THIS MORNING: It’s Day 2 of the Egypt Economic Conference
Good morning, friends. As those of you who tuned in yesterday know, we expect this week’s newsflow to be dominated by three major economic gatherings, including the Madbouly government’s Egypt Economic Conference (EEC) 2022; a joint economic conference with the UAE; and the ongoing gas exporting countries forum.
Day one of the EEC was yesterday, and cabinet members set the table by reviewing the government’s achievements in recent years, including a much-needed program to build infrastructure (roads, bridges, logistics, power generation, natural gas — A+, we think); its handling of global crises including covid-19 (an A, in our view); and the fallout from Russia’s war in Ukraine (class is still in session, but they squeaked out a C on the midterm).
Cabinet members speaking at the opening sessions highlighted policy priorities including curbing population growth (smart) and building an industrial base (absolutely necessary). There was comparatively little on how to drive export growth and — in the words of one of the smartest people we know, who was in the audience — “really little sense of needing new policy ideas, of needing to do something different or to turn a new page.”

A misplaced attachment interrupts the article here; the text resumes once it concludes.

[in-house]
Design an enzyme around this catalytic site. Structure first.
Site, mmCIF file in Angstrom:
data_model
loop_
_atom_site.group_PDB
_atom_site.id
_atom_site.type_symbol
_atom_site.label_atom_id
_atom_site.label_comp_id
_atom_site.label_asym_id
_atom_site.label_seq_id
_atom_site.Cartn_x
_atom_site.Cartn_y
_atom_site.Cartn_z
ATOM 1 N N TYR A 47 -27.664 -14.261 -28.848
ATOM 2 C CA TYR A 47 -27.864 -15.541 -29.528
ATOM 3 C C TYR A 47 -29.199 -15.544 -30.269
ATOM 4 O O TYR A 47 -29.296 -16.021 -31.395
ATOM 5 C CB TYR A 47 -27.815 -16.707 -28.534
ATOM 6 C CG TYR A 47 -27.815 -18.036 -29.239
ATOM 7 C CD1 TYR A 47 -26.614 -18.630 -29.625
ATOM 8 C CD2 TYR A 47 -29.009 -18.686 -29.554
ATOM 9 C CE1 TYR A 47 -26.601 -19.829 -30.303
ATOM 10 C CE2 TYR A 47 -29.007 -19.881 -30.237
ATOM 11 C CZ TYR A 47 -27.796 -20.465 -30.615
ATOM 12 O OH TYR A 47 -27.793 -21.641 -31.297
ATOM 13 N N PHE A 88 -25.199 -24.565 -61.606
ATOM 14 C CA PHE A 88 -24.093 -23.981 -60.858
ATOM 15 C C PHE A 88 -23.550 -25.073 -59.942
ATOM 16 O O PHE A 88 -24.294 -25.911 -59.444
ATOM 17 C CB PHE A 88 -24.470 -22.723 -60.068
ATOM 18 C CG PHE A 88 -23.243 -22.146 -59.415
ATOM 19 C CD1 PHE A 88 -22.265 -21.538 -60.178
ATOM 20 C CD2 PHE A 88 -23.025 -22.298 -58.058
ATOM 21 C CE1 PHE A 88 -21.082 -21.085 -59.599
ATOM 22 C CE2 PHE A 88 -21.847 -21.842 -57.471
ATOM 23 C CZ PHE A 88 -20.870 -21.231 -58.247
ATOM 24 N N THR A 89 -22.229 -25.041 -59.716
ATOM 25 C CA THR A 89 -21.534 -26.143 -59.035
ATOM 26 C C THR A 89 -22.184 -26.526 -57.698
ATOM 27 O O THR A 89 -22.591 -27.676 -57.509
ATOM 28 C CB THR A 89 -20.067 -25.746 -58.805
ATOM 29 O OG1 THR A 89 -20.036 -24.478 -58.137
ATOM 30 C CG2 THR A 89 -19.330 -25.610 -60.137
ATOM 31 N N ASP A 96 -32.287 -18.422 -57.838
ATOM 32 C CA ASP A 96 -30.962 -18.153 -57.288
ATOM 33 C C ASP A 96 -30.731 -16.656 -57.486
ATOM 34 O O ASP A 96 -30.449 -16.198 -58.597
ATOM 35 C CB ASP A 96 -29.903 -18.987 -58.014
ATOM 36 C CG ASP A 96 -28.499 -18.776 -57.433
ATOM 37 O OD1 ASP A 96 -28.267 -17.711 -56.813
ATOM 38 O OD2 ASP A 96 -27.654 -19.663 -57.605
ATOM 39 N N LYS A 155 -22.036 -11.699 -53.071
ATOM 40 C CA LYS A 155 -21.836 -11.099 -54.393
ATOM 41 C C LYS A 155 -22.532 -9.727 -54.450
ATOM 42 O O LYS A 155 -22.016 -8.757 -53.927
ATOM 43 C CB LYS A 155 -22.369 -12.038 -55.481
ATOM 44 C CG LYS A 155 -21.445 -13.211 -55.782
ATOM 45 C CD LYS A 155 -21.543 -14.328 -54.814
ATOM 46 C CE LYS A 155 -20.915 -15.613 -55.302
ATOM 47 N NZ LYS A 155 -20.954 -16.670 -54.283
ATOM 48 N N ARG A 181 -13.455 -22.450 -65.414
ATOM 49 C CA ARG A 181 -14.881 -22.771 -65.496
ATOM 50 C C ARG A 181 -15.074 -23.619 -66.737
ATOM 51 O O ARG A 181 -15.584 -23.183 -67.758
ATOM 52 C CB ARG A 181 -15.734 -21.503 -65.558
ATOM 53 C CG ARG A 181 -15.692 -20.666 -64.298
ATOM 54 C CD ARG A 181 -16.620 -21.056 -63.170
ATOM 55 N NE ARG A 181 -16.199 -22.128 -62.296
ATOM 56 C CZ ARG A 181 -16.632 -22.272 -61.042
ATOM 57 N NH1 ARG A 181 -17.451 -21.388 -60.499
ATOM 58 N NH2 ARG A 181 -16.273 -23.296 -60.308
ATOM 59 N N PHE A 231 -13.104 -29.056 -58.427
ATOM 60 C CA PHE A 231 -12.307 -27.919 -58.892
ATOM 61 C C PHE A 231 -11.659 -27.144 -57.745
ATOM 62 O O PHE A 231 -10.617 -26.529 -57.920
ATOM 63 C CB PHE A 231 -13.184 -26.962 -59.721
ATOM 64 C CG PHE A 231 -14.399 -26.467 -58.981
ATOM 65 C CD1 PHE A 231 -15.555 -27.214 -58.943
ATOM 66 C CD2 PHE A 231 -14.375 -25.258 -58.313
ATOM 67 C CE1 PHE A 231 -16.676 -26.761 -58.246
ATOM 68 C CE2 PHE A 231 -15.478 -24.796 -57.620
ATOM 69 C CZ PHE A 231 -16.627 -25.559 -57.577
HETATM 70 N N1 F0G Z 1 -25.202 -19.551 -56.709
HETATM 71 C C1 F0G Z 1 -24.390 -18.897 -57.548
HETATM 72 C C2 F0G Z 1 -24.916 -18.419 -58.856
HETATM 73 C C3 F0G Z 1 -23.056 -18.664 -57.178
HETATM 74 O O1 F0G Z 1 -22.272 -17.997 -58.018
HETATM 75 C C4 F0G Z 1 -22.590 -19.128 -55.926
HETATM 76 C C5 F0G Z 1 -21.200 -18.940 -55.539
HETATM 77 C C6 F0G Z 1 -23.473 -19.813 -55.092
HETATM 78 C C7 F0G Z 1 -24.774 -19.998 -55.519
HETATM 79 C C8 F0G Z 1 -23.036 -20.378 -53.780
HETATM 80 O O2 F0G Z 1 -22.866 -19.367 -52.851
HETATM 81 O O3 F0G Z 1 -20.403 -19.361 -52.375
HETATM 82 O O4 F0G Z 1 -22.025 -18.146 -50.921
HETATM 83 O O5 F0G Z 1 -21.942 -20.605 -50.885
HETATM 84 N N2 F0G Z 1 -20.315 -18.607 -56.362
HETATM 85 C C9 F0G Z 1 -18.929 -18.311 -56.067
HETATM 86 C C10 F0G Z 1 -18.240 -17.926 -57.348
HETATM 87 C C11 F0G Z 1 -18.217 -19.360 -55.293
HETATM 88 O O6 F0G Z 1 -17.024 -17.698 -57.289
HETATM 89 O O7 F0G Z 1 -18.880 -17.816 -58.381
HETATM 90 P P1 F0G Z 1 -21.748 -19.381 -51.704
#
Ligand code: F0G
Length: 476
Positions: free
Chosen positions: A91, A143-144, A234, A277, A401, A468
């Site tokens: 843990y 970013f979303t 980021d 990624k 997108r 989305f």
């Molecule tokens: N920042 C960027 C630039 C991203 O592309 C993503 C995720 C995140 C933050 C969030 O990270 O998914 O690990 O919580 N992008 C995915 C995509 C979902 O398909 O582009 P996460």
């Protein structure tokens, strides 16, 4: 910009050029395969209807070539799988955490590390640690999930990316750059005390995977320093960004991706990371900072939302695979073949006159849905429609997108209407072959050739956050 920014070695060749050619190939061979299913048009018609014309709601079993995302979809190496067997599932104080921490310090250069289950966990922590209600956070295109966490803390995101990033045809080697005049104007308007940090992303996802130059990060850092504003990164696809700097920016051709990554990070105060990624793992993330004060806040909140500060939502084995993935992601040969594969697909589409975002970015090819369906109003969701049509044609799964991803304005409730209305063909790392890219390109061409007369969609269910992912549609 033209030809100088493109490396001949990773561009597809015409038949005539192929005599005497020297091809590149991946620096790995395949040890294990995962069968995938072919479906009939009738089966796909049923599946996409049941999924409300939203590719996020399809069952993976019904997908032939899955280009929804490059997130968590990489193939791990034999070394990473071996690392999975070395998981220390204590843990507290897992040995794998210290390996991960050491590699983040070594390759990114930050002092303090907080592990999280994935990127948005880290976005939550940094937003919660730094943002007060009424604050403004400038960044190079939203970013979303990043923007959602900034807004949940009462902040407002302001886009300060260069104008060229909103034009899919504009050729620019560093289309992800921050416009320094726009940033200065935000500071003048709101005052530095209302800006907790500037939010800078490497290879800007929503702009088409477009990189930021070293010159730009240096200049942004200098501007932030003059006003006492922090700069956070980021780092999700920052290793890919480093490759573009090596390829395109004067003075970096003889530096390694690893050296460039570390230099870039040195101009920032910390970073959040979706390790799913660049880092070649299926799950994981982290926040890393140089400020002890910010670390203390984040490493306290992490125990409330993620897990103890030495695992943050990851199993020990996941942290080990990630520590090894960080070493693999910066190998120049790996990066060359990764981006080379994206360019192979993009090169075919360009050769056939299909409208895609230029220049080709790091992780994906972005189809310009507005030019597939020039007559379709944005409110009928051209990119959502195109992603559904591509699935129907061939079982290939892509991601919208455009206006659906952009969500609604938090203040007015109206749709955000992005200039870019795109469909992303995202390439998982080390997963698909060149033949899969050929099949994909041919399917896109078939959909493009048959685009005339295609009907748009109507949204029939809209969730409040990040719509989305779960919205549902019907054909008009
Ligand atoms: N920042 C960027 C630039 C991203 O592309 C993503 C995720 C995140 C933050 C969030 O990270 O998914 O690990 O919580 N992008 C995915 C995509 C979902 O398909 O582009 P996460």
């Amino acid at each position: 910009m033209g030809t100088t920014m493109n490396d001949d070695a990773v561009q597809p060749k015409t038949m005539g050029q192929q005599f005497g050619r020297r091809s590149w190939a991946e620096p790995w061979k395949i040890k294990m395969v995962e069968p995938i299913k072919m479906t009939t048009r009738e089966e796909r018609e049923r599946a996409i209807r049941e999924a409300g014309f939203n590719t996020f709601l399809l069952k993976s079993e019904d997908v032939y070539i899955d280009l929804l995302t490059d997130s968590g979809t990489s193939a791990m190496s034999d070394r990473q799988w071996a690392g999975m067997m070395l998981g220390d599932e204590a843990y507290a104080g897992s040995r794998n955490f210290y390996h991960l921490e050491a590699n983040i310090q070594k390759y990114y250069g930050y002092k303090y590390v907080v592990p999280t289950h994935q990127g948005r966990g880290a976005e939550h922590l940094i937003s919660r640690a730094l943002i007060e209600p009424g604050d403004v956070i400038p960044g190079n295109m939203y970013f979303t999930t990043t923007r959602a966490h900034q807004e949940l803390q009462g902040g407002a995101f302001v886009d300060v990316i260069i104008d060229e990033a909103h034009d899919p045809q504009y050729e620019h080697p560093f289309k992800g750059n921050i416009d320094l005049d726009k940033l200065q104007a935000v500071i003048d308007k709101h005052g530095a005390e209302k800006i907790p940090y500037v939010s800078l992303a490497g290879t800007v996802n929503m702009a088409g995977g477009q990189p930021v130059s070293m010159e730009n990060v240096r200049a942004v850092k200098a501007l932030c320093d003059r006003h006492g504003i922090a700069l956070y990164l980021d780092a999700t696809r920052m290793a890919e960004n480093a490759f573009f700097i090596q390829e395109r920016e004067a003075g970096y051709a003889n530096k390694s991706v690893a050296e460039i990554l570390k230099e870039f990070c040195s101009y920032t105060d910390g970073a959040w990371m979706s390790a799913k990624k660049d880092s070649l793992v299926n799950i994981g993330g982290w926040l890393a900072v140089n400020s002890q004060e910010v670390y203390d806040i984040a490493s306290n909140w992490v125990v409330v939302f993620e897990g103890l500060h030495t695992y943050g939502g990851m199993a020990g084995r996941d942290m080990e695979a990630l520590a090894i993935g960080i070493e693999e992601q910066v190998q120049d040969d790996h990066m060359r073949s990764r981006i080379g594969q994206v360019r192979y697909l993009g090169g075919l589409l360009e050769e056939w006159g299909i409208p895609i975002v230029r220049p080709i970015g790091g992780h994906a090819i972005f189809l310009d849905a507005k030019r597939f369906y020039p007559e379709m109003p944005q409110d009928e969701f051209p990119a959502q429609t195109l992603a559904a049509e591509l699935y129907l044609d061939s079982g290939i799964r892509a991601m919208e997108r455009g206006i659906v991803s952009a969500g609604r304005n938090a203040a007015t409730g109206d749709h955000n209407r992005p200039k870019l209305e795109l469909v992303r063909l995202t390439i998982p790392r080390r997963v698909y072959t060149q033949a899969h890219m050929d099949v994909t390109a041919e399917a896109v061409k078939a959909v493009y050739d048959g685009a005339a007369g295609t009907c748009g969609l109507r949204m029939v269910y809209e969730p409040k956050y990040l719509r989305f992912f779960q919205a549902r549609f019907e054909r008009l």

We’re more convinced than ever that our five-point recipe for building a new Egyptian economy based on exports and FDI holds water. The feedback from so many of you in the community has been both rich and intense (we’ll be talking more about that in the weeks and months to come)…
…and Mahmoud Mohieldin was on-point yesterday, saying that while we have an import problem, we have an export crisis. Dr. Mahmoud is brilliant, and he also speaks from experience, having run a focused investment promotion campaign when he was in cabinet. The solution to our economic challenges, he suggested (watch, runtime: 25:59), is in growing our export base. “Is our problem rising imports — or low exports? We have an import problem, but an export crisis,” Dr. Mahmoud said, suggesting that our ratio of imports to GDP is low by global standards — and that most of what we import are goods necessary to support manufacturing, agriculture and services.
“The real problem is not high imports, but the low contribution of exports to GDP. Egypt’s exports per capita are lower than almost any other country — we must take steps to grow exports,” Dr. Mahmoud said.
Part of the solution is capturing a once-in-a-lifetime chance to integrate with global supply chains — to make ourselves permanently part of the energy, manufacturing and services base serving Europe, the GCC and Africa.